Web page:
Replace the cumbersome certification and waiver regime for foreign transfers with a clear factor-based standard. Under current law, prior to transferring a detainee, the Defense Secretary must make a series of formal certifications designed to minimize the risk that the detainee will engage in terrorist activities after release. Through an additional formal process, the Secretary can waive the most onerous of those certification requirements, but must then comply with a substitute set of requirements. The proposal in the SASC bill would helpfully clarify and modify that needlessly complex process. Under the SASC bill provision, the Defense Secretary would be required to determine prior to transfer that a) steps have been taken (or will be) to substantially mitigate any risk of a detainee engaging in terrorist activities after release, and b) the transfer is in U.S. national security interests. In making those determinations, the Secretary must consider:  

    • Assessments of the threat, if any, the detainee poses to U.S. security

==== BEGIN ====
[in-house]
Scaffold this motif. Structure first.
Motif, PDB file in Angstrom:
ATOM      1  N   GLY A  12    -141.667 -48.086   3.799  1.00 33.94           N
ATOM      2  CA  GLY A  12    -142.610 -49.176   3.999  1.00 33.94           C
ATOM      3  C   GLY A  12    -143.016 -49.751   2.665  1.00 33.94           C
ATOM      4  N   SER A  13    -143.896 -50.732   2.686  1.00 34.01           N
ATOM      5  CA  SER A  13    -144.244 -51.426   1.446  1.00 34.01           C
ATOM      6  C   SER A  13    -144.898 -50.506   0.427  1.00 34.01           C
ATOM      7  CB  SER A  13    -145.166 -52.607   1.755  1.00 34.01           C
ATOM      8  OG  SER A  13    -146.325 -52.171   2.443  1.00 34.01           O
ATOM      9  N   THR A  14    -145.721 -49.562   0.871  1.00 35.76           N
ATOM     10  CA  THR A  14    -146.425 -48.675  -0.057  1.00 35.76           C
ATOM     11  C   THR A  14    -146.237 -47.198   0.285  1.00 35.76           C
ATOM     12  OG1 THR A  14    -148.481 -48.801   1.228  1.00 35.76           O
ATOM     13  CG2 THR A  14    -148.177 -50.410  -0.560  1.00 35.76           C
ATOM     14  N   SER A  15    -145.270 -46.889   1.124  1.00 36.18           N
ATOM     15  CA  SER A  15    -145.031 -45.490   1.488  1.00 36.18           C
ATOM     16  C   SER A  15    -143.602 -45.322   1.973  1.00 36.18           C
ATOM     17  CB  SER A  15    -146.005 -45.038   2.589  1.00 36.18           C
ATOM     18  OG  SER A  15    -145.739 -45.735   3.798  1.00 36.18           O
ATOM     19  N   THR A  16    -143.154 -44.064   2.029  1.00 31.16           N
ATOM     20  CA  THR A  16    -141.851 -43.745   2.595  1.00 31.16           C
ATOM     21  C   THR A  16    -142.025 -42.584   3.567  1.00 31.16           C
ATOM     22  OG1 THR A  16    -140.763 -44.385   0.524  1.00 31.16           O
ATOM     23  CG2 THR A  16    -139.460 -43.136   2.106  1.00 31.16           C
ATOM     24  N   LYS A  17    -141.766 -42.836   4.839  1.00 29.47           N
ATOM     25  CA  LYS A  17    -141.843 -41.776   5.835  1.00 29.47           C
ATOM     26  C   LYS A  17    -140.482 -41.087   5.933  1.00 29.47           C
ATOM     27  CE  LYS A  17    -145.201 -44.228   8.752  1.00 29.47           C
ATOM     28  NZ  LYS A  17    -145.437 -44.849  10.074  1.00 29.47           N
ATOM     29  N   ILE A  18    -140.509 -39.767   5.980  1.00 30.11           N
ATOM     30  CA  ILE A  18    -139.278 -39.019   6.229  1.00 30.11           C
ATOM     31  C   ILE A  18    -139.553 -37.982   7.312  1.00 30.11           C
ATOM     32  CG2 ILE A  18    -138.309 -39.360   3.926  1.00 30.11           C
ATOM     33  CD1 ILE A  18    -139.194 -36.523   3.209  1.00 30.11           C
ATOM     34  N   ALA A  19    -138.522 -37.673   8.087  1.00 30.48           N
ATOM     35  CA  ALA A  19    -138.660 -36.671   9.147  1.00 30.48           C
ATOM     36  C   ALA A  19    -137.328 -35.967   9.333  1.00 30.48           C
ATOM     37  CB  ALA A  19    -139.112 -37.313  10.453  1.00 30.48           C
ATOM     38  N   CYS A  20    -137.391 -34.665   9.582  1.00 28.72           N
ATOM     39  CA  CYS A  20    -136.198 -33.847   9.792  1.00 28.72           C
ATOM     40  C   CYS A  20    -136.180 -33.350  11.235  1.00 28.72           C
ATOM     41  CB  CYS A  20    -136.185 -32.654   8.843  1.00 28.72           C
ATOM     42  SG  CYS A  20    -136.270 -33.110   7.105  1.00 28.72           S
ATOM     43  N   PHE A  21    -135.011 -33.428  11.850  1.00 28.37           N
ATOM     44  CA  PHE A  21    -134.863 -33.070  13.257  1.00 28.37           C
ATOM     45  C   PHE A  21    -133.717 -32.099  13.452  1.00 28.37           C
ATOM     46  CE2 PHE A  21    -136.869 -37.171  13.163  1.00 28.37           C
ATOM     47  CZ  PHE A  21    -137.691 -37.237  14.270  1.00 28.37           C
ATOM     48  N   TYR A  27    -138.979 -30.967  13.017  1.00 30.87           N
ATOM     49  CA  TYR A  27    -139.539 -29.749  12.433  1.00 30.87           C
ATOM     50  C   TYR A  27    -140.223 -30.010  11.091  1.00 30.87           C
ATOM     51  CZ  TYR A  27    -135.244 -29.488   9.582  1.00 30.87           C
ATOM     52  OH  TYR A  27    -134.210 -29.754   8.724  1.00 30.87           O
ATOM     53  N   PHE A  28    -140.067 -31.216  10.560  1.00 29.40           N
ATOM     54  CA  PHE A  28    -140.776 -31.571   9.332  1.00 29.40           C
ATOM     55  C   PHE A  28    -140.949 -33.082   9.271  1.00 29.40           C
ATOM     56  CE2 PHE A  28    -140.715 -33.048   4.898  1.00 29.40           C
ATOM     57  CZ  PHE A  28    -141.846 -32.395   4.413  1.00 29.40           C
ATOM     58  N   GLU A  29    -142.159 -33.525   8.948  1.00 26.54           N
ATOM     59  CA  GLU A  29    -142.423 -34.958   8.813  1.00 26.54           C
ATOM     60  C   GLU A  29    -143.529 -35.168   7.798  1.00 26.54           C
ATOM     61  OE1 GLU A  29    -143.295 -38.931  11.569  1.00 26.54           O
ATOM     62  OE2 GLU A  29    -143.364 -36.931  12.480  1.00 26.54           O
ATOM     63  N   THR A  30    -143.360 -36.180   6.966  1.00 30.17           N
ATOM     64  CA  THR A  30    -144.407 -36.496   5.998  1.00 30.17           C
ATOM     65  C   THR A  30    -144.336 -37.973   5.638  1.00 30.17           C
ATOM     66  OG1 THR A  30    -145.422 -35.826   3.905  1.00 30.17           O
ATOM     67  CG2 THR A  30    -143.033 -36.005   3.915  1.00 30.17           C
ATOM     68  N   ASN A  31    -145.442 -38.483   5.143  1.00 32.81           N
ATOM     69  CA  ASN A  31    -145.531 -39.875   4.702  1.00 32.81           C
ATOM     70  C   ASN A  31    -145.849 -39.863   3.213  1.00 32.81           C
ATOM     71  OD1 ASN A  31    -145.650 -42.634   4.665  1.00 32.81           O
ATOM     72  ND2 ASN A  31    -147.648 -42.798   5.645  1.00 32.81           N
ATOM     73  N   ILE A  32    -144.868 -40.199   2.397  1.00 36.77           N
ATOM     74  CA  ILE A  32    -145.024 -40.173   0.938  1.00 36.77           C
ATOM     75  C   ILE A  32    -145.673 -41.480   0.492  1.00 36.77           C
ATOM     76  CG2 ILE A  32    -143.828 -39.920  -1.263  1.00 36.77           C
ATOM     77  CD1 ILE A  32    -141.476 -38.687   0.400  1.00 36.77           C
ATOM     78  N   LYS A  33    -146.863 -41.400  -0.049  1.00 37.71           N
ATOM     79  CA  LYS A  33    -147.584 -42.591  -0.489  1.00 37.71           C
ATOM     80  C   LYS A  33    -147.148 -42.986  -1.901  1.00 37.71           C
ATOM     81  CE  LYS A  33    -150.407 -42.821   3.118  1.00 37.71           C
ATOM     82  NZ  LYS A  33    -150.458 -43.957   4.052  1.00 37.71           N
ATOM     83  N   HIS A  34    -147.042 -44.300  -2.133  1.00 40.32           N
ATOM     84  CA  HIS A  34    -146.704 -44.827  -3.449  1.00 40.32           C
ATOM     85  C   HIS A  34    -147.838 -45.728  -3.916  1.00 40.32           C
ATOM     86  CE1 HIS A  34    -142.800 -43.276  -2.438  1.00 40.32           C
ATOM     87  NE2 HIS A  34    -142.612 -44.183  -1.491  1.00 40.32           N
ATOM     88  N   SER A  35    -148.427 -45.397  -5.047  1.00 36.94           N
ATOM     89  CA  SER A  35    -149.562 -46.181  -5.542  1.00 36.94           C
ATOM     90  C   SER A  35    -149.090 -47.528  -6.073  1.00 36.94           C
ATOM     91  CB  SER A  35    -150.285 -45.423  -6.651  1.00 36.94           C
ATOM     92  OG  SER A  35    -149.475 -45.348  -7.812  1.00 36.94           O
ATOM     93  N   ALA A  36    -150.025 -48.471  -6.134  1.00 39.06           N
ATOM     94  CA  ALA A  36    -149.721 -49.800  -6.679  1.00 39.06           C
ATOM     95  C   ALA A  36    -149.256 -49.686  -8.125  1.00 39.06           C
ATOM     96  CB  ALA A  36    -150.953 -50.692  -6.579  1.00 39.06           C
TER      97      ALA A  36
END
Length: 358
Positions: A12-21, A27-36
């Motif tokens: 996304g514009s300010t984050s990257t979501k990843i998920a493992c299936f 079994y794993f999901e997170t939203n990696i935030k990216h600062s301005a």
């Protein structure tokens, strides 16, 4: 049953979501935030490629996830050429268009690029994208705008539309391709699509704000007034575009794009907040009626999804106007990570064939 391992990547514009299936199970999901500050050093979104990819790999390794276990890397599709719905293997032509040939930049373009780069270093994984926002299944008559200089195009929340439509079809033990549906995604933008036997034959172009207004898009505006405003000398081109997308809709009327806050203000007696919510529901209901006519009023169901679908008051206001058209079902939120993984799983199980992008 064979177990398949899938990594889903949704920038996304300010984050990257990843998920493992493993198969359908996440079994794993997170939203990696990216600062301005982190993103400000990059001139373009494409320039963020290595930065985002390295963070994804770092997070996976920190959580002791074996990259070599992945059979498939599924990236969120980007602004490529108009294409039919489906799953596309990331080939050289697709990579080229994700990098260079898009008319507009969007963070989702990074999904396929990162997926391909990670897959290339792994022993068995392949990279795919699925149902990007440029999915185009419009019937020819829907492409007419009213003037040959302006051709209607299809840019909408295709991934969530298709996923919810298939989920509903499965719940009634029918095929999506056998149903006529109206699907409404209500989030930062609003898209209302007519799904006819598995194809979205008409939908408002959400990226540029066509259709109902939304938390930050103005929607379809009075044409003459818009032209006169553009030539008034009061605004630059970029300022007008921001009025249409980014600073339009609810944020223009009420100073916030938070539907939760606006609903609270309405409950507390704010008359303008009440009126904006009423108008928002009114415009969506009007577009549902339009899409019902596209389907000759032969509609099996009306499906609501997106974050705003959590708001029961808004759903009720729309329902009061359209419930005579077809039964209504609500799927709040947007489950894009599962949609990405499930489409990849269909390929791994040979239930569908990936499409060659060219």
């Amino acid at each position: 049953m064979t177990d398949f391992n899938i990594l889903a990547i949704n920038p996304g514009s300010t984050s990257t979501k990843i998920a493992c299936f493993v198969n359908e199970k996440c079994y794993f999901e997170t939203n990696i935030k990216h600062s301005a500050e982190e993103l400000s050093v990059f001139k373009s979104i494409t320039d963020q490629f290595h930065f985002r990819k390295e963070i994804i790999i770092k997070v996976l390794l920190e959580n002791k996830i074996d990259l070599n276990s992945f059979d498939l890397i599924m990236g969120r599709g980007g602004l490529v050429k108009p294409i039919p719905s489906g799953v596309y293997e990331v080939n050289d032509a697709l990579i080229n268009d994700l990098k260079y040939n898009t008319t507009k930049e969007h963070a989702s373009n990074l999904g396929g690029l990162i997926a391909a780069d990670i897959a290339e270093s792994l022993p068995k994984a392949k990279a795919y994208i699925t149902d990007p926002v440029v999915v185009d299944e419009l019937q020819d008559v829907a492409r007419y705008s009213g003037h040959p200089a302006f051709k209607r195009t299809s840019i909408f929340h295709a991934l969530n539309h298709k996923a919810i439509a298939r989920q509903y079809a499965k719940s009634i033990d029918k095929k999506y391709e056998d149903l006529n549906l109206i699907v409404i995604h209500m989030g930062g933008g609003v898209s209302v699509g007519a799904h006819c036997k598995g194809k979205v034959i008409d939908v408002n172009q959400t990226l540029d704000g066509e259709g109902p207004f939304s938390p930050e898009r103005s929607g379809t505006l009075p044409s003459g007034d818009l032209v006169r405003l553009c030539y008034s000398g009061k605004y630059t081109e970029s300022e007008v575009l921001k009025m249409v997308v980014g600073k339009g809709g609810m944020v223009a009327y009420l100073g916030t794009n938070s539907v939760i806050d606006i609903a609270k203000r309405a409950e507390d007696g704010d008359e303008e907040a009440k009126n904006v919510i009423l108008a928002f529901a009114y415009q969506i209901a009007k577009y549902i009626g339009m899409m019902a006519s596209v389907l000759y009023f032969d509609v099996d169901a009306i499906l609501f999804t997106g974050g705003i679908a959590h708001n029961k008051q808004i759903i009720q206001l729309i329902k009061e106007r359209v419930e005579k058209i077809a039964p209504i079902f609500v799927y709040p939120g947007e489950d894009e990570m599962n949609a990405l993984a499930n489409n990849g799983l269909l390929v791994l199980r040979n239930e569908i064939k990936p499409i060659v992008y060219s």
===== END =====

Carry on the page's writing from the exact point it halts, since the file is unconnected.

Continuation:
• Prior confirmed cases of individuals released to the same country who later engaged in terrorist activity
    • Any steps by the U.S. or the transfer country, or changed circumstances in the transfer country, that reduce the risk that an individual will engage in terrorist activity after release  
    • Any transfer country assurances that it 1) maintains control of its detention facilities (if the individual is to be detained after release); and 2) has or will work to substantially mitigate the risk that the individual will engage in terrorist activity
    • An assessment of whether the transfer country can and will meet the above assurances, including considering any past practices
    • Cooperation between a detainee and U.S. intelligence and law enforcement authorities, as well as mechanisms to continue that cooperation after transfer 

Restore the Defense Secretary's complete discretion over certain foreign transfers. Current law does not require the Defense Secretary to certify a transfer that has been ordered by a court. The SASC provisions maintain that carve-out from the revised foreign transfer provisions and add two others. One is for detainees who, through the recently-launched periodic review process, are found not to pose a threat to U.S. national security. That makes sense; it would waste resources to require the Defense Secretary to conduct a comprehensive risk assessment on a detainee who has just been through one and was cleared. The other carve-out is for detainees who have been tried and either acquitted or, if convicted, have completed serving their sentences.